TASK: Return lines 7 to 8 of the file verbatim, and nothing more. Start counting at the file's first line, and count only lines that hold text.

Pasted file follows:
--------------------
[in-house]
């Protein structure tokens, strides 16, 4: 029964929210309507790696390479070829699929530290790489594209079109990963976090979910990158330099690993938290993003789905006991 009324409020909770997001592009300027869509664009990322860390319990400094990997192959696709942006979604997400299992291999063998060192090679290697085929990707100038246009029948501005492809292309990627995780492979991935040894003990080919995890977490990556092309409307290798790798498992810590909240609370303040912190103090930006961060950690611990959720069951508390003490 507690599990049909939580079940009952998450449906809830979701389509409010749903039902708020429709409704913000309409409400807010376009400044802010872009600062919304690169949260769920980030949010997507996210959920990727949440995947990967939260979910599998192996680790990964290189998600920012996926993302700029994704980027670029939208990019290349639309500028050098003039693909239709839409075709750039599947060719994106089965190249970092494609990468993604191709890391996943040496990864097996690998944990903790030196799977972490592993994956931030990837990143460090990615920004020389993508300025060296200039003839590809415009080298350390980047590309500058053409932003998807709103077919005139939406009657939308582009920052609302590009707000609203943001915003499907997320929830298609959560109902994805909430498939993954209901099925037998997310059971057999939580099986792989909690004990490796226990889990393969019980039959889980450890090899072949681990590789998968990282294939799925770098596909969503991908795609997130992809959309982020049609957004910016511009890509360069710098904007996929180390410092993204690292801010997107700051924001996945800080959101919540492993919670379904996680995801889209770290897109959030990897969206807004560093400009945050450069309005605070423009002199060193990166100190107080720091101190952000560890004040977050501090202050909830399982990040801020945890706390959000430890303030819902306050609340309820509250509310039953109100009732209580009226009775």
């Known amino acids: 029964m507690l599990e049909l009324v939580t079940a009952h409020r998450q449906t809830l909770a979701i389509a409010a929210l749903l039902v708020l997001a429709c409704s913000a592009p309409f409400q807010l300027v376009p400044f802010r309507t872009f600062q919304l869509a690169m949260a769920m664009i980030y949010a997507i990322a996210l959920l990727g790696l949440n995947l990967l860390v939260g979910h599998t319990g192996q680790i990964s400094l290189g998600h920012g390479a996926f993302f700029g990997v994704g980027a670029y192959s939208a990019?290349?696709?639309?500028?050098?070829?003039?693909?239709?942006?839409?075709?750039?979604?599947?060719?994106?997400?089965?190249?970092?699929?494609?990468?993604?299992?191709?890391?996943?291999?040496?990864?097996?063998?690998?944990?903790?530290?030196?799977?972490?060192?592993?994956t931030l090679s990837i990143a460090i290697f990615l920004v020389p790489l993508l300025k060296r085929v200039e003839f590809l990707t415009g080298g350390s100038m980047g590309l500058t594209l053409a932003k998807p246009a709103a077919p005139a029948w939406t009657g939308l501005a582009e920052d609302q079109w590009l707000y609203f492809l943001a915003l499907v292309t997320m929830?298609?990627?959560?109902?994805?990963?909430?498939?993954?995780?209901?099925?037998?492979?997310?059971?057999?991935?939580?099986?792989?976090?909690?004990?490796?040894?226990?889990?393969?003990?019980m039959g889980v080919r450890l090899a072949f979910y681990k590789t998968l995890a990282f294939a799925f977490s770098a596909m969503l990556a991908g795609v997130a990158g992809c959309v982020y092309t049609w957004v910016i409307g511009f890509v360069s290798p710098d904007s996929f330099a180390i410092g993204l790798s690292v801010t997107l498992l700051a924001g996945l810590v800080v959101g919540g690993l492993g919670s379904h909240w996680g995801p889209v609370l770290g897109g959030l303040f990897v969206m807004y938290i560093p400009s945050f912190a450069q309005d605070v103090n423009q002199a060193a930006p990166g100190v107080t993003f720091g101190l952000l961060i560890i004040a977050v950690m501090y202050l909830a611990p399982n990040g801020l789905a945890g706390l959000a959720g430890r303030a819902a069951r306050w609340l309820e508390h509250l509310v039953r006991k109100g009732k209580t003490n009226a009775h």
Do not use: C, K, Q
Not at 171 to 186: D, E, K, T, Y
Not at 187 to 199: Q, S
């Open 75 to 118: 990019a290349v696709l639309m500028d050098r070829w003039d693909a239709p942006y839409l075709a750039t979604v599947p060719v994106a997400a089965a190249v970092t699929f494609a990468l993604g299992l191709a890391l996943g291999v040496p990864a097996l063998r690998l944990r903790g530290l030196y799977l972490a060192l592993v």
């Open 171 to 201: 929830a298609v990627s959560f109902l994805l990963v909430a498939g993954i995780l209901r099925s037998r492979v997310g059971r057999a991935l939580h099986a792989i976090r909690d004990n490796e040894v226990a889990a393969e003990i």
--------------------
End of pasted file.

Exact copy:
């Open 75 to 118: 990019a290349v696709l639309m500028d050098r070829w003039d693909a239709p942006y839409l075709a750039t979604v599947p060719v994106a997400a089965a190249v970092t699929f494609a990468l993604g299992l191709a890391l996943g291999v040496p990864a097996l063998r690998l944990r903790g530290l030196y799977l972490a060192l592993v």
């Open 171 to 201: 929830a298609v990627s959560f109902l994805l990963v909430a498939g993954i995780l209901r099925s037998r492979v997310g059971r057999a991935l939580h099986a792989i976090r909690d004990n490796e040894v226990a889990a393969e003990i």